Much, of course, depends on the type of population movement, why and where it occurs, and the profiles of the people involved. However, the fact that most migrants move because of the "push" of poverty rather than the "pull" of better living conditions means that many of them inevitably come from socioeconomically deprived backgrounds where they are not able to provide a good quality of life or health for themselves. Migrants moving because of poverty arrive with health profiles typical of those in their previous surroundings. Poverty breeds diseases of poverty no matter where or when it exists.

The range of health issues that can be associated with migration is inevitably broad. It includes Communicable and noncommunicable diseases, injuries associated with work environments, and psychological problems. All or any of them can be debilitating to the health of migrants and their families. They can also have serious consequences for societies and communities into which they move and work. Communicable and noncommunicable diseases, as well as occupational injuries, psychosocial problems, and family breakdown, can all be equally important with regard to the care and treatment required to deal with them and the work and school days that can be lost because of them. The health of migrants thus has social and economic consequences for host countries as well as for migrants and their families.

The process of migration within and into the EU includes changing and emerging trends in health. TB is a disease of poverty, and it is not surprising that migrants from poor countries are at high risk of contracting it. Much could be done to avoid TB by ensuring better standards of living for low income migrants who must often deal with poor housing and overcrowded conditions. Early identification and treatment of TB is also important and screening should be seen as a way of identifying people who need treatment. However, associating health screening with the possibility of expulsion does little to encourage migrants to participate and indeed may defeat the whole purpose of it. Illegal immigrants are possibly at particularly high risk of TB and reluctant to be tested for fear of being expelled. Screening for other diseases such as hepatitis, which also constitutes a growing threat, could also be useful if it is done in a constructive way.

Problems associated with maternal and child health among migrants have long been a matter of concern in most EU countries. Migrant women make poor use of contraceptive services and have more difficult pregnancies than other women. They have more low-birth-weight babies and tend to deliver prematurely more often. In some countries, migrant women also terminate pregnancies more often than other women. In some migrant communities, women are still regarded as second-class citizens. Different cultural practices within families and attitudes toward women often seriously limit their access to, and use of, antenatal care and other services. Conflicting pressures are brought to bear on women caught between traditional domestic values and practices and those of the social environment they work and live in and thus confront women with difficult psychological barriers.

Psychological stress may also contribute to the problems immigrants face, and the deprivation, employment difficulties, and problems of cultural and social adaptation experienced by migrants deserve more consideration. Early identification of people at risk and counseling for these people are urgently called for.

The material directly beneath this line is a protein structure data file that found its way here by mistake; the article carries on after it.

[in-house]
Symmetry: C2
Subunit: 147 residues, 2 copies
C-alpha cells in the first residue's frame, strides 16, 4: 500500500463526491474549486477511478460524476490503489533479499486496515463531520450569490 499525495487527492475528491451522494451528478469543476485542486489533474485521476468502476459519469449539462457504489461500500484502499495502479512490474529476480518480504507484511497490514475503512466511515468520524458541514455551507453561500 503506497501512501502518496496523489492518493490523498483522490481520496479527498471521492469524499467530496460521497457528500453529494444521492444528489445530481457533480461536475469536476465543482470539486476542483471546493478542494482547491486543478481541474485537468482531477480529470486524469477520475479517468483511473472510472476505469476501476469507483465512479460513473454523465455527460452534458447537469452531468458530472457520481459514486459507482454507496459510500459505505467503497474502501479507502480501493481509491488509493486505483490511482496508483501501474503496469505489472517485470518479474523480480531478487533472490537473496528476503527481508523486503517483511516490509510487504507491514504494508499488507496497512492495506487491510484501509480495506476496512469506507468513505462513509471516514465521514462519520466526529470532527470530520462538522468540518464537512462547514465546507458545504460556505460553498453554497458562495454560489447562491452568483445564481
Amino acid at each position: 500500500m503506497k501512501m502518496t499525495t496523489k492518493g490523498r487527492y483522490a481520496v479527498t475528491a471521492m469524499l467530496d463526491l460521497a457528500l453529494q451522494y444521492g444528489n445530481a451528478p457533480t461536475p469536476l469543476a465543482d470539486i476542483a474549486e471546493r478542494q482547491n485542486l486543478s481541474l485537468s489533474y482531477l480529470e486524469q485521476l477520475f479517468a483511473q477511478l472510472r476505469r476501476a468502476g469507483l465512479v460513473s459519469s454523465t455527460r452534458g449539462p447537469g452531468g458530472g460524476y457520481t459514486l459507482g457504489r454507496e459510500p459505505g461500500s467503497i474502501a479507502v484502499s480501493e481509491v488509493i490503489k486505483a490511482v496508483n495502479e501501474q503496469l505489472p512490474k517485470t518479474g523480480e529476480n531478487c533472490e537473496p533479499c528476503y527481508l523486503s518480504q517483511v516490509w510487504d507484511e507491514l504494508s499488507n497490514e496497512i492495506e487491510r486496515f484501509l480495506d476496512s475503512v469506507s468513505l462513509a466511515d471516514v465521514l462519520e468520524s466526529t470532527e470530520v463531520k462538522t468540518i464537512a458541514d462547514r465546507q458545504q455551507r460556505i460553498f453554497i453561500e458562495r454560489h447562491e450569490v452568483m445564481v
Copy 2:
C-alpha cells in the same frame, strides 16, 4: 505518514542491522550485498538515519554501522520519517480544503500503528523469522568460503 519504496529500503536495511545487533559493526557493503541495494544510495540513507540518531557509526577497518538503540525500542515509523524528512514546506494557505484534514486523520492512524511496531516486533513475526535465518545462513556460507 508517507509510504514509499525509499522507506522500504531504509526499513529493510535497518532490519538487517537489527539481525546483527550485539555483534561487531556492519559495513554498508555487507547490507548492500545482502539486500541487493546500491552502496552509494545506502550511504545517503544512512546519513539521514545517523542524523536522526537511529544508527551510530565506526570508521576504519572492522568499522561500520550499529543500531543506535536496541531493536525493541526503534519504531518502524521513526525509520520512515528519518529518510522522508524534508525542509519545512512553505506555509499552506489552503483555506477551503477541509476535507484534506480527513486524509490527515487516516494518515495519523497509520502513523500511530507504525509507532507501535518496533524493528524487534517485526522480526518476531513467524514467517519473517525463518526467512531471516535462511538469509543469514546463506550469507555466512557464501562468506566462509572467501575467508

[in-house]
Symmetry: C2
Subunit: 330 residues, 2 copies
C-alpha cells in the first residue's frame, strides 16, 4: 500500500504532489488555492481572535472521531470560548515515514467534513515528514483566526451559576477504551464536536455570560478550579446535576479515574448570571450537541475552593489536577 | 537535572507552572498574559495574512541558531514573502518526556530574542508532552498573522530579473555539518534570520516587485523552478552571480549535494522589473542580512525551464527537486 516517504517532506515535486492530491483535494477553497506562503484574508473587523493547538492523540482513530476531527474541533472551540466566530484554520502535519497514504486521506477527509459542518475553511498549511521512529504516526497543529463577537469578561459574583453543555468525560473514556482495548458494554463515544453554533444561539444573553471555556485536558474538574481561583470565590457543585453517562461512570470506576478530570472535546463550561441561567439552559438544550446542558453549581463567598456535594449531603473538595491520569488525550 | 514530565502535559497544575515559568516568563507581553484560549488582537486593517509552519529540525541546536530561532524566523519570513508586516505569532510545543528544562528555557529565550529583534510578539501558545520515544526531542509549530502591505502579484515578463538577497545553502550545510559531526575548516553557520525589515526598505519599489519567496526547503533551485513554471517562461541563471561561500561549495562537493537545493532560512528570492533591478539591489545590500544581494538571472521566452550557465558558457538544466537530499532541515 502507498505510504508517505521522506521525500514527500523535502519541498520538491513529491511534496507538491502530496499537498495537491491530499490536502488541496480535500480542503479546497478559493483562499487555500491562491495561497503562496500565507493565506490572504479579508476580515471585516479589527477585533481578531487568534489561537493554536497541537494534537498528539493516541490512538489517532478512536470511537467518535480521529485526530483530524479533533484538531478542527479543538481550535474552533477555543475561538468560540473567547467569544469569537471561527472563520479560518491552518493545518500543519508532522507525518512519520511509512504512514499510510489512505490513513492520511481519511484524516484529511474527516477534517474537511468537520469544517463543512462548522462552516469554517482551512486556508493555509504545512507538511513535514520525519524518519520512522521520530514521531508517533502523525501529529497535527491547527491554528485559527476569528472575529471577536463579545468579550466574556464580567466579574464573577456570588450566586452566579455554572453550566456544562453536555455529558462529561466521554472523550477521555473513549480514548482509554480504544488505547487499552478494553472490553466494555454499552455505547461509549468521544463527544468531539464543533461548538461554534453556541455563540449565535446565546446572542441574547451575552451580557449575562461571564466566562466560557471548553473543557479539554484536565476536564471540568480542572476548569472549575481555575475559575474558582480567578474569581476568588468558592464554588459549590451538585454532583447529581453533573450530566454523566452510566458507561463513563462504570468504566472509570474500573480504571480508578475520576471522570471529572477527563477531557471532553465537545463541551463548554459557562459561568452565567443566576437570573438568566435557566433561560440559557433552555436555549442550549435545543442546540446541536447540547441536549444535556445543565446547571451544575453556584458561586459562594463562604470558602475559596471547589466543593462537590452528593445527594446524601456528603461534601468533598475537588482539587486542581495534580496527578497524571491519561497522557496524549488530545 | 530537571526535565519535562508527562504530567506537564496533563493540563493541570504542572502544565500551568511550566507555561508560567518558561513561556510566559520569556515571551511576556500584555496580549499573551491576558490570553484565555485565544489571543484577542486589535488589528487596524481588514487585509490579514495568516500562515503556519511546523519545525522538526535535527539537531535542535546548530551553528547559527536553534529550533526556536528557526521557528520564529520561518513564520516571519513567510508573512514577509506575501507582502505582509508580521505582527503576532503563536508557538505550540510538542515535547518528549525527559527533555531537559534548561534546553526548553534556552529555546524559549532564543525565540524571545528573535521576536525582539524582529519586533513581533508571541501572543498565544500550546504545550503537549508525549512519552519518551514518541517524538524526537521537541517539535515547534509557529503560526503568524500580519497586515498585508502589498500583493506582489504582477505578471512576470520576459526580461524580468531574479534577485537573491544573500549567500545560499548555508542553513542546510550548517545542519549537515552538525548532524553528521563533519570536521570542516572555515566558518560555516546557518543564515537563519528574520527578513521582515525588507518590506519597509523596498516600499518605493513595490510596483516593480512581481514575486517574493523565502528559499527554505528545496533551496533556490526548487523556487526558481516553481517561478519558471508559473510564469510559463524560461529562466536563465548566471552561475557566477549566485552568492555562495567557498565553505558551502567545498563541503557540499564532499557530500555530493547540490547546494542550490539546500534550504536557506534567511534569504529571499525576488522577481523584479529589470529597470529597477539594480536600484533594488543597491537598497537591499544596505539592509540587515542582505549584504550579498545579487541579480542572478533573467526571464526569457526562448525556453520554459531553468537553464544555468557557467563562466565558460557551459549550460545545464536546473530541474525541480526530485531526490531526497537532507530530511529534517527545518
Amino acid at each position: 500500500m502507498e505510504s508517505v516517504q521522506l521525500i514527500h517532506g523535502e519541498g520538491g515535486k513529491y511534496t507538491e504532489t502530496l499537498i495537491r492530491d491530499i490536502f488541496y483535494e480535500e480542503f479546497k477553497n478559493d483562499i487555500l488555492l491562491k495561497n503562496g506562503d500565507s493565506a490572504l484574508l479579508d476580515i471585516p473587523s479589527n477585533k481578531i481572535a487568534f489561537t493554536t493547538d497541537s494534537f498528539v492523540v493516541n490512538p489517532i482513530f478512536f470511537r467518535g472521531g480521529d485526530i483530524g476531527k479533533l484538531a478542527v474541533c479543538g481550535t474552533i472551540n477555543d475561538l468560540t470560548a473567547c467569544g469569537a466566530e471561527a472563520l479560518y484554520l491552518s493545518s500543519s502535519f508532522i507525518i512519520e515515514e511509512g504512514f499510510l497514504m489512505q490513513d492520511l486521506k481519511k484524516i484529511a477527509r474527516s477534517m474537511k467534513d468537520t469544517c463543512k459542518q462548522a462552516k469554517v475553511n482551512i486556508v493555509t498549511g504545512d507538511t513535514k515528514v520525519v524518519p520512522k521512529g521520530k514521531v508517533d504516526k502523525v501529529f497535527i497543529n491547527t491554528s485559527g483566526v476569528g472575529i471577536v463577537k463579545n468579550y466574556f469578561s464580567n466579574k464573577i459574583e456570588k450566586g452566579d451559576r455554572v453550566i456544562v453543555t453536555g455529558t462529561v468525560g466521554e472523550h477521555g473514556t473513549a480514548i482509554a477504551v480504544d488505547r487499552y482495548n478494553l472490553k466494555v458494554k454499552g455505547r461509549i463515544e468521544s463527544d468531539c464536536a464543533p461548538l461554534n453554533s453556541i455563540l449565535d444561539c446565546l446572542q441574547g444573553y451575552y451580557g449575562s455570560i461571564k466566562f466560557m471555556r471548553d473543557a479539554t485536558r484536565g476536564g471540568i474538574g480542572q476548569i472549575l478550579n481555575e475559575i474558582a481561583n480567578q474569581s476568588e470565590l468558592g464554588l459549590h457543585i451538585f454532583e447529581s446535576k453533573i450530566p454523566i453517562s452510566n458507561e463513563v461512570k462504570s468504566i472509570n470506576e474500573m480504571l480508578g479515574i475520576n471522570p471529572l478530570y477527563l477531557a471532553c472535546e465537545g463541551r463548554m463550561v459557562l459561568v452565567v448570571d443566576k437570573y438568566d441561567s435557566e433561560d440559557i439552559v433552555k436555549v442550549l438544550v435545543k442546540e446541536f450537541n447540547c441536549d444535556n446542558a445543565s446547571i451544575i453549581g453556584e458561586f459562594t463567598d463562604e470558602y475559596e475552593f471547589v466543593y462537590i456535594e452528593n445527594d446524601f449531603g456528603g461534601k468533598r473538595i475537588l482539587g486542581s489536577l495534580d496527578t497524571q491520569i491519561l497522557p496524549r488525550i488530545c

The fact that migrants are often qualified for only low-skilled jobs also means they are often confined to high-risk and irregular occupational settings. The fact that they come into them with little previous experience and receive little training and safety support means that they are often exposed to health problems and accidents associated with low-skilled jobs.

For ethical as well as public health reasons, occupational hazards for immigrants is an area that calls for much more attention than it has received to date. The fact that documentation in this area is so weak is, in itself, indicative of the little attention it has been given. As a first step, better training given by people who speak the languages of migrants would be an important contribution to solving these problems.

Culture conflict is a common and serious problem in migration. It affects people in different ways, some more overtly than others. To what extent culture conflict or clash is linked to mental health problems reported among migrants is not clear, but there is reason to believe that it is a factor. Just as with other health indicators, however, there is a paucity of information on the incidence and prevalence of mental health problems among migrants. Available data suggest that cultural background plays an important role in predisposing some immigrants to some diseases such as depression, chronic anxiety, and neuroses. Alcohol and drug abuse may also be used as coping responses that expose migrants to other health problems such as HIV/AIDS. However, in general, the trauma and exclusion that all immigrants face increase their risk of behaviors that, in turn, increases their susceptibility to all diseases.


Cite This Article

DOI: 10.3201/eid0707.017733

Table of Contents – Volume 7, Number 7—June 2001

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Please use the form below to submit correspondence to the authors or contact them at the following address:

Manuel Carballo, International Centre for Migration and Health, 11 Rte Nant d'Avril, 1214 Vernier, Switzerland; fax: (41 22) 783 1087

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The conclusions, findings, and opinions expressed by authors contributing to this journal do not necessarily reflect the official position of the U.S. Department of Health and Human Services, the Public Health Service, the Centers for Disease Control and Prevention, or the authors' affiliated institutions. Use of trade names is for identification only and does not imply endorsement by any of the groups named above.